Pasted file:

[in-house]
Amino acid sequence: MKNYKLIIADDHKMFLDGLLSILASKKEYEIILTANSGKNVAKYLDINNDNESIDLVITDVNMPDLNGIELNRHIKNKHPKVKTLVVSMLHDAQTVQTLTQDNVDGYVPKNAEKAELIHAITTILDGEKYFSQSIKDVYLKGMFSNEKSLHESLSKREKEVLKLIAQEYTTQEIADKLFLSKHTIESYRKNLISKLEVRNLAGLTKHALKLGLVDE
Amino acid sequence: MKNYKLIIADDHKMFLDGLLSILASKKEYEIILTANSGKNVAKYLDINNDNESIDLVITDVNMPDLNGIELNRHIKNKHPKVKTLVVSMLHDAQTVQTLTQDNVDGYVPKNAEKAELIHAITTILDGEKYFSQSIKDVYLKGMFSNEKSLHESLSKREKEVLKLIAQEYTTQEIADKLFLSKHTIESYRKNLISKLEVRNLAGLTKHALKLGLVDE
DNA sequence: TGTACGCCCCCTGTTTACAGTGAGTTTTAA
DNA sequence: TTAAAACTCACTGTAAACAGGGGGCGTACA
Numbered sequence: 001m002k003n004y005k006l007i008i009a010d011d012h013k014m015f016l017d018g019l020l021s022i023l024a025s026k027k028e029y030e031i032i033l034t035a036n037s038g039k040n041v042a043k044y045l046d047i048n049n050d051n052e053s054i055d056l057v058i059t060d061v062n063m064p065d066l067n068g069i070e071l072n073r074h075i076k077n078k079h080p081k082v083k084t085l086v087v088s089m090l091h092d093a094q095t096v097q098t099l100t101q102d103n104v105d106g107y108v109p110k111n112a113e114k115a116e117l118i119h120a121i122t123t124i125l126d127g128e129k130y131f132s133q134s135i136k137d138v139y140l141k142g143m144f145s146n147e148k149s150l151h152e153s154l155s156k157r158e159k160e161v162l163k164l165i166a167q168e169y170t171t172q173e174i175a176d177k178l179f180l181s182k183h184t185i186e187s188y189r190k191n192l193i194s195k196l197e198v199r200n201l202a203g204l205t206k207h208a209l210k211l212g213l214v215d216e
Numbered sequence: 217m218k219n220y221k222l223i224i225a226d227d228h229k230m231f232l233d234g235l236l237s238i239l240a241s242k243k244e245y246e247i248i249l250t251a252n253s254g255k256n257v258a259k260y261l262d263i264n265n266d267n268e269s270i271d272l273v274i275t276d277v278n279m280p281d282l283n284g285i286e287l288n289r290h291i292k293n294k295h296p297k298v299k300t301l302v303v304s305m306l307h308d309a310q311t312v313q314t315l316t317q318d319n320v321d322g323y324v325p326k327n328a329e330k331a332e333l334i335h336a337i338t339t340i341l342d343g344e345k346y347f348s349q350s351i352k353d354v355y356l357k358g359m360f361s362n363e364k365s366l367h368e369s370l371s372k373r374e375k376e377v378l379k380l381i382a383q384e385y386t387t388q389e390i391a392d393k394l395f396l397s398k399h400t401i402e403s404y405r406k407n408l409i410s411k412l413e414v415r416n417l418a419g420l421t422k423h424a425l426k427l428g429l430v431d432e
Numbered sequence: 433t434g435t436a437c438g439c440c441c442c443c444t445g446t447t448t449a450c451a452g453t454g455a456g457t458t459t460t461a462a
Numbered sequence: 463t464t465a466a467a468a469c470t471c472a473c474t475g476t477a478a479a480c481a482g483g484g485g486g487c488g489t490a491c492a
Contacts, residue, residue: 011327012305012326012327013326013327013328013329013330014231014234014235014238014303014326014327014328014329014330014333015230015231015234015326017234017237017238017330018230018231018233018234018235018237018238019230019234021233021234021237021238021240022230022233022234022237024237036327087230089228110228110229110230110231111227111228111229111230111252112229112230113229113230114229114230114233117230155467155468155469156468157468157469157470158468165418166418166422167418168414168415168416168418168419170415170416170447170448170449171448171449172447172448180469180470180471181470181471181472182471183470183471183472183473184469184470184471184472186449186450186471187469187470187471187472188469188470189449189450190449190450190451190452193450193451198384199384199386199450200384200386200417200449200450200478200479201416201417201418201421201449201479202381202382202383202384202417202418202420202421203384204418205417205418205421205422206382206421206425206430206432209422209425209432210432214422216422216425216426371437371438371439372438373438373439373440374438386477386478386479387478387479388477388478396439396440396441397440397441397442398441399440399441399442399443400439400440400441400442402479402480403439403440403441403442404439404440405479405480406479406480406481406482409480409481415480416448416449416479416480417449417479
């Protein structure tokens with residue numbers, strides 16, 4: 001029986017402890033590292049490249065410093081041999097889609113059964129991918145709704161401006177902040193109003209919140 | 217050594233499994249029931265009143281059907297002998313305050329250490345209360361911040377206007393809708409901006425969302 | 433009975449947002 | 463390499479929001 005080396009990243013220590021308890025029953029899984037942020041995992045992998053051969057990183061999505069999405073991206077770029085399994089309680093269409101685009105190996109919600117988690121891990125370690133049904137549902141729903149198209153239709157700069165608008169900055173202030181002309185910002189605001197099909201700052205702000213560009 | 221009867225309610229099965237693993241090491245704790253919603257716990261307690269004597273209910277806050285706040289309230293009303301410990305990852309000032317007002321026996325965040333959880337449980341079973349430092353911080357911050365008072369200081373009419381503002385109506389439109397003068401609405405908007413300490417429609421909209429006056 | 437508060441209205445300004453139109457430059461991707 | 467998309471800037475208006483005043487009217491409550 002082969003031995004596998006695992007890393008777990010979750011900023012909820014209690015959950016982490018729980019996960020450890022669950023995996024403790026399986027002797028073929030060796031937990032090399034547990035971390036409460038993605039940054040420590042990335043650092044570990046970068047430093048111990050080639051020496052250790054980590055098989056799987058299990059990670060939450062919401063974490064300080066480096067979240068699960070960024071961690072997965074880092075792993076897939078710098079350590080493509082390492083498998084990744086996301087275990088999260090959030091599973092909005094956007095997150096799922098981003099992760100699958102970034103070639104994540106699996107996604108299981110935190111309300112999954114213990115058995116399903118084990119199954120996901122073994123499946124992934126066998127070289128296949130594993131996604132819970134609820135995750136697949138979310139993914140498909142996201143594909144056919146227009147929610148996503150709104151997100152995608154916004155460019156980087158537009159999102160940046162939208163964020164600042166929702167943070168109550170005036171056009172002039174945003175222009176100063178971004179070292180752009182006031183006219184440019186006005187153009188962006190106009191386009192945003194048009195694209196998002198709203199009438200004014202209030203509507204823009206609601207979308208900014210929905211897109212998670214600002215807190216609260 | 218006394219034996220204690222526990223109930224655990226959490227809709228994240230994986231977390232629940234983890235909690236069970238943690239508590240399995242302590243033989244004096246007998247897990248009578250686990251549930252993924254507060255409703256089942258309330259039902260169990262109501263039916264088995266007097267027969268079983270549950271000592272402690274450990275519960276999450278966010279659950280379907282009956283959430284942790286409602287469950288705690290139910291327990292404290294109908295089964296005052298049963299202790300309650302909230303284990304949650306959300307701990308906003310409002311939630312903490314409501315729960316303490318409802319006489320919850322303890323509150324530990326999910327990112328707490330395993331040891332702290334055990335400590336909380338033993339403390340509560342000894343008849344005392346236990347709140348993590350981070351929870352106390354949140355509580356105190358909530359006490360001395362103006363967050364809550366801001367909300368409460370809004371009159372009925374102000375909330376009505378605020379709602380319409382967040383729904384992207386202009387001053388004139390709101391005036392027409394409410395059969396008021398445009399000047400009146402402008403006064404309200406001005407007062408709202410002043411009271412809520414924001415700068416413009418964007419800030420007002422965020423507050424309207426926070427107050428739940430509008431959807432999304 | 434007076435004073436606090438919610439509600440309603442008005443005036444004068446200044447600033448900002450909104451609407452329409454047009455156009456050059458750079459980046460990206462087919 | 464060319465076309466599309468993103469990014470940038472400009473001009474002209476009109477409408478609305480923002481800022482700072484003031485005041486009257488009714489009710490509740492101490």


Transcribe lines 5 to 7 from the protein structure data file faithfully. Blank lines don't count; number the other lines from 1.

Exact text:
DNA sequence: TTAAAACTCACTGTAAACAGGGGGCGTACA
Numbered sequence: 001m002k003n004y005k006l007i008i009a010d011d012h013k014m015f016l017d018g019l020l021s022i023l024a025s026k027k028e029y030e031i032i033l034t035a036n037s038g039k040n041v042a043k044y045l046d047i048n049n050d051n052e053s054i055d056l057v058i059t060d061v062n063m064p065d066l067n068g069i070e071l072n073r074h075i076k077n078k079h080p081k082v083k084t085l086v087v088s089m090l091h092d093a094q095t096v097q098t099l100t101q102d103n104v105d106g107y108v109p110k111n112a113e114k115a116e117l118i119h120a121i122t123t124i125l126d127g128e129k130y131f132s133q134s135i136k137d138v139y140l141k142g143m144f145s146n147e148k149s150l151h152e153s154l155s156k157r158e159k160e161v162l163k164l165i166a167q168e169y170t171t172q173e174i175a176d177k178l179f180l181s182k183h184t185i186e187s188y189r190k191n192l193i194s195k196l197e198v199r200n201l202a203g204l205t206k207h208a209l210k211l212g213l214v215d216e
Numbered sequence: 217m218k219n220y221k222l223i224i225a226d227d228h229k230m231f232l233d234g235l236l237s238i239l240a241s242k243k244e245y246e247i248i249l250t251a252n253s254g255k256n257v258a259k260y261l262d263i264n265n266d267n268e269s270i271d272l273v274i275t276d277v278n279m280p281d282l283n284g285i286e287l288n289r290h291i292k293n294k295h296p297k298v299k300t301l302v303v304s305m306l307h308d309a310q311t312v313q314t315l316t317q318d319n320v321d322g323y324v325p326k327n328a329e330k331a332e333l334i335h336a337i338t339t340i341l342d343g344e345k346y347f348s349q350s351i352k353d354v355y356l357k358g359m360f361s362n363e364k365s366l367h368e369s370l371s372k373r374e375k376e377v378l379k380l381i382a383q384e385y386t387t388q389e390i391a392d393k394l395f396l397s398k399h400t401i402e403s404y405r406k407n408l409i410s411k412l413e414v415r416n417l418a419g420l421t422k423h424a425l426k427l428g429l430v431d432e